“It is good to have this fascinating little chronicle, which gives a lively firsthand account of Florentine history in the lifetime of Dante and Giotto, in a readable and . Dino Campagni’s classic chronicle gives a detailed account of a crucial period in the history of Florence, beginning about and ending in the first decade of. 2. CHRONICLE OF DINO COMPAGNI from God, who rules and governs throughout all ages. i. I.e. the division of the Guelf party in Florence into the Whites and.
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The evidence as to public report had to be supported by the oath of the injured party if living, or, if dead, by that of his nearest relatives. The two Counts Guidi and M. The words ” rivalry for office ” refer to the Signory.
Understanding the history of Florence through primary texts – ArtTravArtTrav
The women on these occasions assembled inside the house, the men in front of it. He was a member of the Donati faction see II. His son by his first wife see n. The Mag- nates began to speak against him, accusing him in threatening terms of doing these things, not for the sake of justice, but to bring about his enemies’ death, floernce abusing him and the laws ; and wherever they happened to be they threatened to cut in pieces the popolani who were in power.
These belonged to the Adimari, which family was therefore divided in the conflict.
The Pope, at the petition of his bankers the Spini, and of his above-named friends and kinsmen, called upon M. They were, in any case, bound by law to give a strict account of their administration at the end of their term of office. Giano had been Captain at Pistoja the year before.
Dino Compagni’s Chronicle of Florence by Dino Compagni
The citizens remained in great discord ; some praised, others blamed him. Selected Letters of Alessandra Strozzi. And thus it was com- manded by the Priors. Daniel Ethan Bornstein translator. Dante was compahni of the Priors of this Signory, which held office from June 15 till August In he was released from captivity through the intervention of Edward I.
Bindello had died on 15th of August in the year before ; but his name is not out of place here, for, as we have seen, the feud between Cerchi and Donati was of long standing, though it was only flornce the affray described in this chapter that it involved the whole population of Florence. To do good without ulterior motive is a generous and almost divine thing in itself.
The Aretines summoned many noble and power- ful Ghibellines from Romagna, from the March [of Ancona]] and from Orvieto ; they displayed great boldness in desiring battle, and prepared to defend their city and to seize the most advantageous posi- tions on the enemy’s line of march.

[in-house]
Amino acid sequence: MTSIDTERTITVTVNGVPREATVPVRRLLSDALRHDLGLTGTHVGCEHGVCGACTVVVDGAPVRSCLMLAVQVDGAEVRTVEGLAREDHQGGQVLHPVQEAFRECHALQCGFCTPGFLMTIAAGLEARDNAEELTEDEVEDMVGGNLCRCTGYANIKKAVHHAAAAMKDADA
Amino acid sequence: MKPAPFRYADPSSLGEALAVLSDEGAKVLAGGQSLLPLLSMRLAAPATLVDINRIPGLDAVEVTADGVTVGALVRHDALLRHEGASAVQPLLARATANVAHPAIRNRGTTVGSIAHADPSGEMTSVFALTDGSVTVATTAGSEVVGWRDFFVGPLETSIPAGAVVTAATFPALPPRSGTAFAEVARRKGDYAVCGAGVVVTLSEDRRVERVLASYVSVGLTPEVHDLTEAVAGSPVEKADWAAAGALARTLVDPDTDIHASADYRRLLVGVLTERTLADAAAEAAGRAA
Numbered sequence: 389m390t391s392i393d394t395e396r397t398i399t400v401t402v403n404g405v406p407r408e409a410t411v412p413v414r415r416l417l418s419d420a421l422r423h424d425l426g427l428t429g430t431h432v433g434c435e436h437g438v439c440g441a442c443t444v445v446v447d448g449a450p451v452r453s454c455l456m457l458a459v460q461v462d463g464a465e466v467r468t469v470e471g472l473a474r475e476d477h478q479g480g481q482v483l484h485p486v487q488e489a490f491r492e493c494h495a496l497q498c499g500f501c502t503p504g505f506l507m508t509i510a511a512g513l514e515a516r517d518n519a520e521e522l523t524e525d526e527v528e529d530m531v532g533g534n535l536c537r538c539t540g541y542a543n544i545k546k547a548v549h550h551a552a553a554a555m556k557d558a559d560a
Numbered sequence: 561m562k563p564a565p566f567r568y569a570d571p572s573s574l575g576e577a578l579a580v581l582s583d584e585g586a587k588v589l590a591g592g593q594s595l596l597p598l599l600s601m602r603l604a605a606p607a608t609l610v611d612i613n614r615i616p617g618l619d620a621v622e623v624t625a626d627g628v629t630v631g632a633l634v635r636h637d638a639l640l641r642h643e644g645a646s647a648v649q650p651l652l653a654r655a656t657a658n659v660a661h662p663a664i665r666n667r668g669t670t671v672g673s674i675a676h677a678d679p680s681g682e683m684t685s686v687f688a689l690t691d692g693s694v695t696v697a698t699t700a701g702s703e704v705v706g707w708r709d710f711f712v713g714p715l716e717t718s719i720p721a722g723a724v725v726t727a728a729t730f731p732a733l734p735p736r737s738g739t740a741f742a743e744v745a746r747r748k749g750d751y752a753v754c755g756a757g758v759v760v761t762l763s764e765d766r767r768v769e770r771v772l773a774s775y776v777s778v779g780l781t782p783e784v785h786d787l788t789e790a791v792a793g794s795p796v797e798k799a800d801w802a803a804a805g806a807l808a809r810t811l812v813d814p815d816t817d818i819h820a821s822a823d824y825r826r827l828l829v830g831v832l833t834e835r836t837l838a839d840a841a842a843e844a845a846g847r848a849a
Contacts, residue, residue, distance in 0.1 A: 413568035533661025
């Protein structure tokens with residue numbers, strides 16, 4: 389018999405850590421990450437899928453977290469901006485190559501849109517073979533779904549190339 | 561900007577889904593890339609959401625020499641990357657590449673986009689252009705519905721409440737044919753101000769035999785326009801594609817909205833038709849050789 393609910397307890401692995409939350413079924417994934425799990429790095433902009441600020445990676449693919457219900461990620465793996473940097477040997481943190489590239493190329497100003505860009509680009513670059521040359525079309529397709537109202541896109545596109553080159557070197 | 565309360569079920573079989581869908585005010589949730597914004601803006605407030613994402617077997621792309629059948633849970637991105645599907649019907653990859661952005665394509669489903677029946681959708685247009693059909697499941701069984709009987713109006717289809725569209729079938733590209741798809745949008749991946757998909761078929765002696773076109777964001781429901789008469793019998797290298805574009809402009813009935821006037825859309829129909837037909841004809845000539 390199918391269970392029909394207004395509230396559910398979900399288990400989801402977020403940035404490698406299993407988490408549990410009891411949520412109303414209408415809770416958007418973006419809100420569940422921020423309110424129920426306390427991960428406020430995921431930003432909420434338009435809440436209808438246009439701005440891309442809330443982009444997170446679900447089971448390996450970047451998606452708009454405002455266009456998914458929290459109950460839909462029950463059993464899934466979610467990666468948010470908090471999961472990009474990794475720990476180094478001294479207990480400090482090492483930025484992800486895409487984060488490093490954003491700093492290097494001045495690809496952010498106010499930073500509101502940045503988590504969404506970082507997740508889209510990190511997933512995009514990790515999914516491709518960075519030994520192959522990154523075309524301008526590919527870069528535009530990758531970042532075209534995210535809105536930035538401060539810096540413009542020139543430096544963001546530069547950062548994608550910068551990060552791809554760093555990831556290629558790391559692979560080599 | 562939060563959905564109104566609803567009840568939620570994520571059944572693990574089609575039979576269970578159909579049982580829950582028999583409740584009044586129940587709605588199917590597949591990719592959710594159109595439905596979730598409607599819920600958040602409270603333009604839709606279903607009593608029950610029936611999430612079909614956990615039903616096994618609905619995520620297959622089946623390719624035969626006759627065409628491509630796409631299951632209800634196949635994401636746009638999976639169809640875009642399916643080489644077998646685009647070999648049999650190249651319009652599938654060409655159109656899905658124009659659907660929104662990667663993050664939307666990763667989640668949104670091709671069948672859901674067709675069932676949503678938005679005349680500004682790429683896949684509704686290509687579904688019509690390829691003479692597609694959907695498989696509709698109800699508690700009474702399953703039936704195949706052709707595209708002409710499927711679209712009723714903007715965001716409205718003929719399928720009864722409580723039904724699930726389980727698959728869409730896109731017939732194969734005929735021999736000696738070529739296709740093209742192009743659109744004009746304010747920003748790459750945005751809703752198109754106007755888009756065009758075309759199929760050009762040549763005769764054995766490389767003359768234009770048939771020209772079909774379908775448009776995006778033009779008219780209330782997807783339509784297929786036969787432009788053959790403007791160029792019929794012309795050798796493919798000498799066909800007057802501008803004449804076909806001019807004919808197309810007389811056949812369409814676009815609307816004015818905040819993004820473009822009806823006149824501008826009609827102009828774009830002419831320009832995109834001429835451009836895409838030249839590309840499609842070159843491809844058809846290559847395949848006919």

The family of the Tosinghi, or della Tosa, here first men- tioned, will come prominently before us later.
Andrea had xino florins from them 14 ; and others that this money was given him by the Commonwealth of Florence in consideration of the enmity he had incurred by his action. All the Ghibellines held with the Cerchi, because they hoped to receive less ill treatment from them, and all those who were of the opinion of Giano della Bella, for it seemed to them that the Cerchi had been grieved that he had comppagni driven away 3. The chronicle is the product of that reflection, begun nearly ten years after the fact.
The Cerchi never revealed who the offender was, waiting to take heavy vengeance for it.
Dino Compagni’s Chronicle of Florence
This need cause no surprise, for the connection between the Papacy and the Guelfs was not an affair of principle, or even of sentiment, but sprang merely from the fact that their in- terests had happened to coincide.
Guidalotto de’ Vecchi- etti. Compagni is more of a historian than a chronicler, comapgni he looks for the reasons of events, and makes profound reflections on them. Tom- maso across the Arno Palmieri Altoviti, gives piquancy to the florencee ; and with Dino Compagni himself see next chapter and Giano on the other side, the debates must have been lively enough.
It is, however, as Zenatti points out, not necessary to assume that the sole object of the embassy was to prevent Charles from starting. The affray is believed by Del Lungo to have occurred on December 20, Let two of you 9 go back, and let them have my blessing if they can cause my will to be obeyed.
Ceffo de’ Lamberti 7 ; so that the Aretines heard of it, and dismissed the knight with all his followers. See Del Lungo, Dante nei tempi di Dante, pp. A young citizen of noble birth, named Buondelmonte de’ Chgonicle, had promised to marry a daughter of Messer 3 Oderigo GiantrufFetti. But ought men to have their houses and property destroyed for such trifles as these?